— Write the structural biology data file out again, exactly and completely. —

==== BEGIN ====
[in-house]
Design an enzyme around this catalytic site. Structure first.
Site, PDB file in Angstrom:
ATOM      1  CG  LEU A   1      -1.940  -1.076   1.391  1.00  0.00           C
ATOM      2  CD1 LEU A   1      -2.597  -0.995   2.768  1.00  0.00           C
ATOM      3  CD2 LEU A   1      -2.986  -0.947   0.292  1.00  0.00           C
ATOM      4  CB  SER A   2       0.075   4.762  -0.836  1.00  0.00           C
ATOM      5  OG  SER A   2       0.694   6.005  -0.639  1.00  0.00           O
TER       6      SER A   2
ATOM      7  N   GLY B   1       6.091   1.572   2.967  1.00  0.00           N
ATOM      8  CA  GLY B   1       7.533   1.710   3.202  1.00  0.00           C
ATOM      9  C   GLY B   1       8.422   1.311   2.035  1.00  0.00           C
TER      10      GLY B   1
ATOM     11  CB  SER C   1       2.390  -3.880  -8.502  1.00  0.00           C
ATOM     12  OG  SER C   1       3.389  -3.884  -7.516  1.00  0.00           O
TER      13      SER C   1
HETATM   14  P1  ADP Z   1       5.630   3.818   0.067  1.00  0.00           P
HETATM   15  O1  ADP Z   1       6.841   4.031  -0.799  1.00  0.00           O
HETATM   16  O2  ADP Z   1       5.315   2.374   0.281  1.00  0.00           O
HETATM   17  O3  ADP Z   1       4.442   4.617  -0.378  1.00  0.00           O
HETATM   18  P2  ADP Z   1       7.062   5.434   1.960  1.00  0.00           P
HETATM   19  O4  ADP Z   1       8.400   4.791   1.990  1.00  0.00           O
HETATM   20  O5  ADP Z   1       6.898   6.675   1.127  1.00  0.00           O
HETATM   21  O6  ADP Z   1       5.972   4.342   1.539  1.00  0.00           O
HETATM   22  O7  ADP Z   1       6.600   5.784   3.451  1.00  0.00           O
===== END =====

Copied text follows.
[in-house]
Design an enzyme around this catalytic site. Structure first.
Site, PDB file in Angstrom:
ATOM      1  CG  LEU A   1      -1.940  -1.076   1.391  1.00  0.00           C
ATOM      2  CD1 LEU A   1      -2.597  -0.995   2.768  1.00  0.00           C
ATOM      3  CD2 LEU A   1      -2.986  -0.947   0.292  1.00  0.00           C
ATOM      4  CB  SER A   2       0.075   4.762  -0.836  1.00  0.00           C
ATOM      5  OG  SER A   2       0.694   6.005  -0.639  1.00  0.00           O
TER       6      SER A   2
ATOM      7  N   GLY B   1       6.091   1.572   2.967  1.00  0.00           N
ATOM      8  CA  GLY B   1       7.533   1.710   3.202  1.00  0.00           C
ATOM      9  C   GLY B   1       8.422   1.311   2.035  1.00  0.00           C
TER      10      GLY B   1
ATOM     11  CB  SER C   1       2.390  -3.880  -8.502  1.00  0.00           C
ATOM     12  OG  SER C   1       3.389  -3.884  -7.516  1.00  0.00           O
TER      13      SER C   1
HETATM   14  P1  ADP Z   1       5.630   3.818   0.067  1.00  0.00           P
HETATM   15  O1  ADP Z   1       6.841   4.031  -0.799  1.00  0.00           O
HETATM   16  O2  ADP Z   1       5.315   2.374   0.281  1.00  0.00           O
HETATM   17  O3  ADP Z   1       4.442   4.617  -0.378  1.00  0.00           O
HETATM   18  P2  ADP Z   1       7.062   5.434   1.960  1.00  0.00           P
HETATM   19  O4  ADP Z   1       8.400   4.791   1.990  1.00  0.00           O
HETATM   20  O5  ADP Z   1       6.898   6.675   1.127  1.00  0.00           O
HETATM   21  O6  ADP Z   1       5.972   4.342   1.539  1.00  0.00           O
HETATM   22  O7  ADP Z   1       6.600   5.784   3.451  1.00  0.00           O